April 25TH NATIONAL TELEPHONE DAY

The history of National Telephone Day began before electromagnetic telephones were invented, mechanical acoustic devices were used to transmit speech over a distance greater than what direct speech could. The earliest telephone used pipes and physical media, but the acoustic telephone came soon after. This telephone was invented by connecting diaphragms with a piece of wire or sound. This transmits sound by using vibrations from one side to the other without using an electrical current.

April 25TH NATIONAL TELEPHONE DAY

For a short period of time, the acoustic telephone was marketed as being a niche competitor when compared to the electric telephone. When Graham Bell’s patent expired, a lot of companies started to manufacture the telephone and acoustic phones soon went out of business.

The electric telephone resulted from the huge success experienced by these companies. The telegraph was invented around the same time and the first electric telegraph was invented by Francis Ronalds in 1816. The modern-day telephone is actually the work of a lot of different people. Graham Bell was one of them. Johann Phillip Reis is a leading pioneer and he did a lot of work on the electric telephone that we know today, but he stopped shy of inventing the first, fully successful device. The Italian-American businessman Antonio Meucci has been praised for his work and ever since then there has been a lot of controversy as to who should take the credit when it comes to the invention of the telephone.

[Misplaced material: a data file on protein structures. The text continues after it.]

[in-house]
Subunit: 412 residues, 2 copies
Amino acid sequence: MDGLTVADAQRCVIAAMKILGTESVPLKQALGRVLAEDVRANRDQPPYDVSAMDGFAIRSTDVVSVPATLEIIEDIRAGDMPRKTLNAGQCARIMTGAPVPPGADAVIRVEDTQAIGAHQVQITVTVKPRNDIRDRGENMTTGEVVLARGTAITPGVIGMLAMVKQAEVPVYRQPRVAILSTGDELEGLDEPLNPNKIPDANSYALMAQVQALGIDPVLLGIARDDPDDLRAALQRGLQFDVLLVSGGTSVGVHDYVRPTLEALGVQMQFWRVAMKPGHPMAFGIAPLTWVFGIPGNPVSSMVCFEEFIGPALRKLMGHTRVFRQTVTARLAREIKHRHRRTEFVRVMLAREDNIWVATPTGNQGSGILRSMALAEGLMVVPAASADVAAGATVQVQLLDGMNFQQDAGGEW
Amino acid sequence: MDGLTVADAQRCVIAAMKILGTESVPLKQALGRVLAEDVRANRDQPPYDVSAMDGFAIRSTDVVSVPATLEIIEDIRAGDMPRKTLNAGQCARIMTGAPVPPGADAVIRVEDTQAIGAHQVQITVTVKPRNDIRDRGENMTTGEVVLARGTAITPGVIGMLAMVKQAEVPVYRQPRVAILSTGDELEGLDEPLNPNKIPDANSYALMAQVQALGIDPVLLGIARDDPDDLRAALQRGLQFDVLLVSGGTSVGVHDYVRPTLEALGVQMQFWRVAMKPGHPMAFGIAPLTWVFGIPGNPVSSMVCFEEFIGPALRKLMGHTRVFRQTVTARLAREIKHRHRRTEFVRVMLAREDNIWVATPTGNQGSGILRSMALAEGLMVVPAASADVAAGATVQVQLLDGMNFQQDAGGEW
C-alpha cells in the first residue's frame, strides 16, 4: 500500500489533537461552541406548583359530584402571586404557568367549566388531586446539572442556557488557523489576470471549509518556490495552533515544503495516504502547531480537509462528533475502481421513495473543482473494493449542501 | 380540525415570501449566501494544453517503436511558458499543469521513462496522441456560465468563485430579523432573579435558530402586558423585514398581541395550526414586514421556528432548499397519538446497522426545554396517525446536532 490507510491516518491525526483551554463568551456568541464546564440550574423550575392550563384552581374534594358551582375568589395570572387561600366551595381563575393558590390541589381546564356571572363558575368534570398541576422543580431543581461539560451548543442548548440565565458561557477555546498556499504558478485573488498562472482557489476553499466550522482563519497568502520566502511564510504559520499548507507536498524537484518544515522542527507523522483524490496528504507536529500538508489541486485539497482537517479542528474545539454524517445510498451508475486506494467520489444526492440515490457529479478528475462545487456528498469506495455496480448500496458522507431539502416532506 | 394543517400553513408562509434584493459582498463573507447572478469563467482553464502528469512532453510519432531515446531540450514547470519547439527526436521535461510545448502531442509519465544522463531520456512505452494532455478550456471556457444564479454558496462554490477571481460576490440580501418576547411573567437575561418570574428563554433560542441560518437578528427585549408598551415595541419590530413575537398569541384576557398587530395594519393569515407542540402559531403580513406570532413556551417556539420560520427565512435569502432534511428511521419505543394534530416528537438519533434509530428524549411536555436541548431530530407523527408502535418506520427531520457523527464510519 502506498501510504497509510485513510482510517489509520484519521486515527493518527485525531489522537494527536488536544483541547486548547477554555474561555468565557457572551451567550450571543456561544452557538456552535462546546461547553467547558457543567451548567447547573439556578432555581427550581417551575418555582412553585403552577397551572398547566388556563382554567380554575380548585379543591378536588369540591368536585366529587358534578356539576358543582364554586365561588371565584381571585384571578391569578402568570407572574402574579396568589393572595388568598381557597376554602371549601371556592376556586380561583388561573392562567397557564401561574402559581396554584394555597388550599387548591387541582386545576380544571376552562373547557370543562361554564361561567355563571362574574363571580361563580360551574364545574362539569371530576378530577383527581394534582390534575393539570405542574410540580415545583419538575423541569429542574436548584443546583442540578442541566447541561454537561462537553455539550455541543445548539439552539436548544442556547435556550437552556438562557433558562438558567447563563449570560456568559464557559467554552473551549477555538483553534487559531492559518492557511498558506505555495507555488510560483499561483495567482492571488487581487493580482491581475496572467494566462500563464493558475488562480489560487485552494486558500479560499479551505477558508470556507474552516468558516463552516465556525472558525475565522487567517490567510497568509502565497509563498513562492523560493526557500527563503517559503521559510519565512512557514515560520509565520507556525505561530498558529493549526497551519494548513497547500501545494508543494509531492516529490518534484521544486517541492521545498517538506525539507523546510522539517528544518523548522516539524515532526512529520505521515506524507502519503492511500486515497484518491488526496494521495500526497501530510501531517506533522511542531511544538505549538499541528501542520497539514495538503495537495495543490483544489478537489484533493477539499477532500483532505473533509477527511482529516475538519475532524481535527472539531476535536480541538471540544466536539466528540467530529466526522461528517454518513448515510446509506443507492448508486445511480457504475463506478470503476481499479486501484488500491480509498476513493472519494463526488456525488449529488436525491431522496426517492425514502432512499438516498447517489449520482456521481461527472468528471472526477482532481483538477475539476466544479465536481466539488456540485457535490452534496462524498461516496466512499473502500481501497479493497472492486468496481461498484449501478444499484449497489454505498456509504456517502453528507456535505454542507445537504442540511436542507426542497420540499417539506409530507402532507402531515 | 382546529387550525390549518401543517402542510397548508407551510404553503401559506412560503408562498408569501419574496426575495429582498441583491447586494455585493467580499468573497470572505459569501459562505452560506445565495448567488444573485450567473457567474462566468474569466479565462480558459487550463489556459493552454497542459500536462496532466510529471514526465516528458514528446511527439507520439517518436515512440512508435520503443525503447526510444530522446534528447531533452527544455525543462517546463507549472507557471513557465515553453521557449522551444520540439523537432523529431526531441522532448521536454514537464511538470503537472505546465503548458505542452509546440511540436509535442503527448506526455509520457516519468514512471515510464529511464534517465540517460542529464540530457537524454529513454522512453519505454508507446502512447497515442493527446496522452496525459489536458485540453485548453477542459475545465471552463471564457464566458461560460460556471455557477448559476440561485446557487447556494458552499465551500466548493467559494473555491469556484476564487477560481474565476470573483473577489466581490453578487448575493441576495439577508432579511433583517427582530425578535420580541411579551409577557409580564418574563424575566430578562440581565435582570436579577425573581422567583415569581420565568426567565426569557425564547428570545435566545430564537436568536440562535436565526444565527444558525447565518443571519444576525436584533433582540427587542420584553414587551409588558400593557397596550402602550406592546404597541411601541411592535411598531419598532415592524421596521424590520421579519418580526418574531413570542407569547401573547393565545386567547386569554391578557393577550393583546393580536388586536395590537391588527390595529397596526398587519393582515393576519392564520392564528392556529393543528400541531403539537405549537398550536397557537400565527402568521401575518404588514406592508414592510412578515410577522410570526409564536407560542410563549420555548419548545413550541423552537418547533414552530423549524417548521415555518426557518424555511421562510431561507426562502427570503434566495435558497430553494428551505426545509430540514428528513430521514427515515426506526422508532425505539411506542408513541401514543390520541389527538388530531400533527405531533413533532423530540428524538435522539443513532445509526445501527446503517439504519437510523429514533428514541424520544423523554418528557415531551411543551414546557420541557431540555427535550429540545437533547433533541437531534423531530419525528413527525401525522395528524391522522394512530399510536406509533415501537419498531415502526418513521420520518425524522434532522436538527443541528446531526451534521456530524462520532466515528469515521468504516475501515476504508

So as you can see, the world has come a long way since the first telephone invention and now we have portable mobile phones, house phones and even video calling. We wouldn’t have National Telephone Day if we didn’t have the first invention by Francis Ronalds in 1816 with the telegraph or the invention of the analogue telephone by Graham Bell in 1876.

REFERENCES:
wikipedia.org/wiki/History_of_the_telephone

Author: Nat Days

“When you arise in the morning think of what a privilege it is to be alive, to think, to enjoy, to love …”
― Marcus Aurelius, Meditations

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